Boost your spa or massage therapy business: Introduce massage therapy to the workplace


Stress is having a serious impact on worker productivity.  A 2013/2014 Global Benefits Attitudes survey conducted by global professional services firm Towers Watson found that employees who suffered from high levels of stress – 57 percent of the over 22,000 survey participants – have a lower engagement at work, are less productive, and have higher levels of absenteeism than those not operating under excessive pressure.

As it turns out, many companies have already received the message. Among the trends identified in the SpaFinder Wellness 365 2016 Global Spa & Wellness Trends Forecast is “Workplace Wellness Wakes Up.” SpaFinder Wellness 365 points out forward-thinking companies are increasingly realizing the importance of wellness on productivity and are creating “an all-encompassing environment that fuses company welfare to employee wellness.”  

Considering the benefits of massage therapy in reducing stress, your spa or massage therapy practice has a good opportunity to partner with companies – large and small – to help workers feel better to boost productivity.  

Start your corporate massage initiative by identifying companies where you have a contact who can introduce you to the head of Human Resources or operations to present your services. If the company already had a wellness program, free or subsidized on-site chair massage, as well as sessions at your spa or massage practice, it can be a great addition. If a company isn’t focused on wellness, be prepared to discuss the benefits of massage, referencing research, and even client testimonials to make your case.

Promoting massage internally

While many employees may be eager for your services, others may be reluctant, especially if they are new to massage or if they have to pay part of the cost. Once you have your foot in the door, work with your contacts to introduce and promote your services. Some things you want to do include:

Create a handout: Develop a one-page flier for the company to hand out to employees to explain your services and answer anticipated questions. For example, employees may not understand that you won’t be using lubricants, and they don’t need to remove clothing for on-site chair massage.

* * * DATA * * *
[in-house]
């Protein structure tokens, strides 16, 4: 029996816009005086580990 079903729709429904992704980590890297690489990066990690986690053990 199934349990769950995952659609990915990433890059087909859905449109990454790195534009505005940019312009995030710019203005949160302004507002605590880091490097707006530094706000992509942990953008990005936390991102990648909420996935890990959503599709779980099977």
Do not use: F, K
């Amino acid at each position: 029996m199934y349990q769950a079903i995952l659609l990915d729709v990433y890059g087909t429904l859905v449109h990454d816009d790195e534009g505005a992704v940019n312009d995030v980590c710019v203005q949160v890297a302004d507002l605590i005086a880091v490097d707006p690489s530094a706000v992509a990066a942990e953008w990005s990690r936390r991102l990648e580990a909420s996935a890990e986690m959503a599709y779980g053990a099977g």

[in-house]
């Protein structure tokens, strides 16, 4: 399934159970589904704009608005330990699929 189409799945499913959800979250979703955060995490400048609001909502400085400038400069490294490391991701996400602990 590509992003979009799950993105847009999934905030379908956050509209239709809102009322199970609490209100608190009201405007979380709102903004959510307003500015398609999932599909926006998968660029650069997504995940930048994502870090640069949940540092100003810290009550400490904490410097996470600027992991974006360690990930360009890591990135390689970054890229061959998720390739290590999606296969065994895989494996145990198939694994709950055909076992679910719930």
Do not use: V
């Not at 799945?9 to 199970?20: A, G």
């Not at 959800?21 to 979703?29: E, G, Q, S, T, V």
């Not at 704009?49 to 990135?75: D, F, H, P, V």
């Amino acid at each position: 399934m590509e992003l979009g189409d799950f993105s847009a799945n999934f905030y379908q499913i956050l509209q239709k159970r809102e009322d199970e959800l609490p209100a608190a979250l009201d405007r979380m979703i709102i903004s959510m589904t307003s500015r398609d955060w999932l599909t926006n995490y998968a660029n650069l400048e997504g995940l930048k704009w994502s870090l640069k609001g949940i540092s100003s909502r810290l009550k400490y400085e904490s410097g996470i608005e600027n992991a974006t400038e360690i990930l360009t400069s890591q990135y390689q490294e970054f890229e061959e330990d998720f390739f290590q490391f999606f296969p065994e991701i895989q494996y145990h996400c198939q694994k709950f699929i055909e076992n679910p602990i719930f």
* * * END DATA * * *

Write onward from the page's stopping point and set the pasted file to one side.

Send out an email: Ask your company contact to send out an email about your negotiated services. Include links to your website and any social media channels where you promote your business so that employees can learn more about you.

Offer information for employee newsletters: Ask the HR department to provide information on massage for publication in the employee newsletter. Include research reports about the benefits of massage for relaxation, reducing stress, and alleviating pain. You also may want to submit a piece on sports massage therapy.

Provide online booking: To make it convenient for employees to sign up, offer online booking.

Be flexible: Keep in mind that even when employees book, something may come up to prevent them from coming to the session. You’ll need to be flexible since work will always come first.  You can try calling others scheduled for appointments for another day to let them know that a time slot has opened up.

Bring gift cards: When you are on-site, have gift certificates handy so that employees can purchase them to treat a friend or family member to a session.

Working with companies to boost their wellness programs through massage therapy can be a very lucrative extension of your business. It will take some work, but the potential for new clients, referrals, and recognition within your community is well worth the effort.

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